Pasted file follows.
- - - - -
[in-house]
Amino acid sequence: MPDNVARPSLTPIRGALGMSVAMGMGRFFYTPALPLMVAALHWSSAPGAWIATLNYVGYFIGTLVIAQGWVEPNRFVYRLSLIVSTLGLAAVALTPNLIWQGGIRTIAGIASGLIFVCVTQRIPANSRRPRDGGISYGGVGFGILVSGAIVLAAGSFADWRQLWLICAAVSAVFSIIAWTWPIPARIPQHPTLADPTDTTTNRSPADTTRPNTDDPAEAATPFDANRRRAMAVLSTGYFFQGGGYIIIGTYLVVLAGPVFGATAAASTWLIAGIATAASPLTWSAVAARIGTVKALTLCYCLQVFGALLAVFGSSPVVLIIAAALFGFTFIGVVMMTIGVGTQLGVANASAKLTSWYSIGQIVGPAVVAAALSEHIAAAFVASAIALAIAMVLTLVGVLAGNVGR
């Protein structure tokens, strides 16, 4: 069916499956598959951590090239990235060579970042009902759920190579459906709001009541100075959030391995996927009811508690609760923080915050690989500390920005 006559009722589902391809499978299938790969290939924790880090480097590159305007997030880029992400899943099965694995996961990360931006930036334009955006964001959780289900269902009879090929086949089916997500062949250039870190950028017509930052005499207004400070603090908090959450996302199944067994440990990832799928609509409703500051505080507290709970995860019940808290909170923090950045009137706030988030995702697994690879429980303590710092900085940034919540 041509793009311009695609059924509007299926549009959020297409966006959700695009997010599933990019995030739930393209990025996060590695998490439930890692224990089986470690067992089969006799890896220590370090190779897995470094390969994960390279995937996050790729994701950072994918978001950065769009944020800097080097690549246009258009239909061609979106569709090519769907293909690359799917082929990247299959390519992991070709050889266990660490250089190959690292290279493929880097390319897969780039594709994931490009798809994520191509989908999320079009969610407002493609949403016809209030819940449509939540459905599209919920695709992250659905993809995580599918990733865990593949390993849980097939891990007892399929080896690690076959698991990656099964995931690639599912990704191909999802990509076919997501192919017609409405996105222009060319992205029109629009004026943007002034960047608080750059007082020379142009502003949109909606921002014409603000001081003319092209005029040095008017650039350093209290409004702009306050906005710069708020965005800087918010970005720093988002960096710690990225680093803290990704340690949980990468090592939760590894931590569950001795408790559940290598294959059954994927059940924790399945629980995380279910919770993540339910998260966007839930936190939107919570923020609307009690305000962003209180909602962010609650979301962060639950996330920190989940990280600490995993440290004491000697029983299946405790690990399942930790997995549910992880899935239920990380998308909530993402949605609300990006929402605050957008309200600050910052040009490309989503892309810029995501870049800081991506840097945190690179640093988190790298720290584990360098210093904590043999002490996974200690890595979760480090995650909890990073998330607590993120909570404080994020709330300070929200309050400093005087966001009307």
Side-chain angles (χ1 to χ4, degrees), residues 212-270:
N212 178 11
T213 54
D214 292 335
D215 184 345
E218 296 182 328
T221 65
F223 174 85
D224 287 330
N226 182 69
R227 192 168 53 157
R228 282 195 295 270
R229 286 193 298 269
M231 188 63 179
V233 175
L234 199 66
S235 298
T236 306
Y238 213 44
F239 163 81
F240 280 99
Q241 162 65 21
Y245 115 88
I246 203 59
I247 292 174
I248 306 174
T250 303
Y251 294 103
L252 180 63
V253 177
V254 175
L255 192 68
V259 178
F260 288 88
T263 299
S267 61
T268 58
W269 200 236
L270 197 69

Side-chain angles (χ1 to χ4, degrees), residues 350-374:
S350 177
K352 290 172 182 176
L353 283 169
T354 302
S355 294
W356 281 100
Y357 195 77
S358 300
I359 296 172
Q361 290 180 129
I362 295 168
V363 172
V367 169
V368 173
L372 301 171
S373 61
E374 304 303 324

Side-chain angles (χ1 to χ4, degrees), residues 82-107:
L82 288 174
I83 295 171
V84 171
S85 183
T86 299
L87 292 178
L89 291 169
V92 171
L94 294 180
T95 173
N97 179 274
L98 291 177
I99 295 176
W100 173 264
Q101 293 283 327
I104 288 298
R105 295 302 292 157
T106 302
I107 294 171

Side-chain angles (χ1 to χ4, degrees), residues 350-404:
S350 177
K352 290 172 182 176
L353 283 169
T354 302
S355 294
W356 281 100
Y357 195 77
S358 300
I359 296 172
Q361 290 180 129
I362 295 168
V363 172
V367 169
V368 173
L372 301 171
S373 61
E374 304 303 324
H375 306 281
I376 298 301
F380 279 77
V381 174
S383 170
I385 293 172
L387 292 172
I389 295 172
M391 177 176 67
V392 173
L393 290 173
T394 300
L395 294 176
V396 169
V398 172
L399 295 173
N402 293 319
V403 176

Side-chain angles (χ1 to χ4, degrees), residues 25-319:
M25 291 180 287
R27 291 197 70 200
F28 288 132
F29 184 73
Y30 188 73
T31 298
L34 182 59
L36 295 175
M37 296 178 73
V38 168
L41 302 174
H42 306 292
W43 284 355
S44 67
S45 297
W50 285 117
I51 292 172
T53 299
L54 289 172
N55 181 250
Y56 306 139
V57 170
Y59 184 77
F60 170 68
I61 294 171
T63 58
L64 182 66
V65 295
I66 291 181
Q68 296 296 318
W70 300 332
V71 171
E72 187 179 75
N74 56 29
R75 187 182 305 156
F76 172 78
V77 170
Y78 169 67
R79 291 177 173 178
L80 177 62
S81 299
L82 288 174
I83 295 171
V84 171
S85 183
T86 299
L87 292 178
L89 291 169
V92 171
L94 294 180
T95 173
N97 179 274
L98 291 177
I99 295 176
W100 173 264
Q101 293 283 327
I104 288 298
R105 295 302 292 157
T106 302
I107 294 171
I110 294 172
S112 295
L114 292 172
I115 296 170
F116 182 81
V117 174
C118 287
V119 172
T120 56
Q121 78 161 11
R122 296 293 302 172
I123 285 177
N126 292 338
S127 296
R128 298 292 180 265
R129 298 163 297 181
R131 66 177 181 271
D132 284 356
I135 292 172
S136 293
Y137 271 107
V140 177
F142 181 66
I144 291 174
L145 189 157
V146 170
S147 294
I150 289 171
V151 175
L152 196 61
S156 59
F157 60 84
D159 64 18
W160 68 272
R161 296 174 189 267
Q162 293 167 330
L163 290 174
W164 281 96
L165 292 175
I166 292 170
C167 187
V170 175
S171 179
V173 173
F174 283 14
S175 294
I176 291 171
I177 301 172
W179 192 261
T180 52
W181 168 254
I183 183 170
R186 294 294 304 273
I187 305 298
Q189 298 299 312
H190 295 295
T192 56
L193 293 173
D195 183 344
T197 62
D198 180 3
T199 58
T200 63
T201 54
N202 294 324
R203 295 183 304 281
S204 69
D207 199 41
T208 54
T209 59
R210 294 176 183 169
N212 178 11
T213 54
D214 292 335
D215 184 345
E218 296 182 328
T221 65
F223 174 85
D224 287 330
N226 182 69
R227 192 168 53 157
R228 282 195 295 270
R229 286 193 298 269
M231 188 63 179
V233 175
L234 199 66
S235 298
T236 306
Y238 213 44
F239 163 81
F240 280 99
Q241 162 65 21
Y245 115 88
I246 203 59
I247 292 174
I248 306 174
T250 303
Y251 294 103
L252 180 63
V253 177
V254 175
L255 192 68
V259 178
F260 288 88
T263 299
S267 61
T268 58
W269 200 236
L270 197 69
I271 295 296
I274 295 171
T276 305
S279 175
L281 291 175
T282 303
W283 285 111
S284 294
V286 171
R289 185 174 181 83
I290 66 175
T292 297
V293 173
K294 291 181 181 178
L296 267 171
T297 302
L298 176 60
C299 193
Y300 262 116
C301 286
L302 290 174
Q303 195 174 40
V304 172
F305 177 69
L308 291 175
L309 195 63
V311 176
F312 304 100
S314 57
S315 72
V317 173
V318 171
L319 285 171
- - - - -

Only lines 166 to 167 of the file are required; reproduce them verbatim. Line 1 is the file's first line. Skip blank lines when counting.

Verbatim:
V92 171
L94 294 180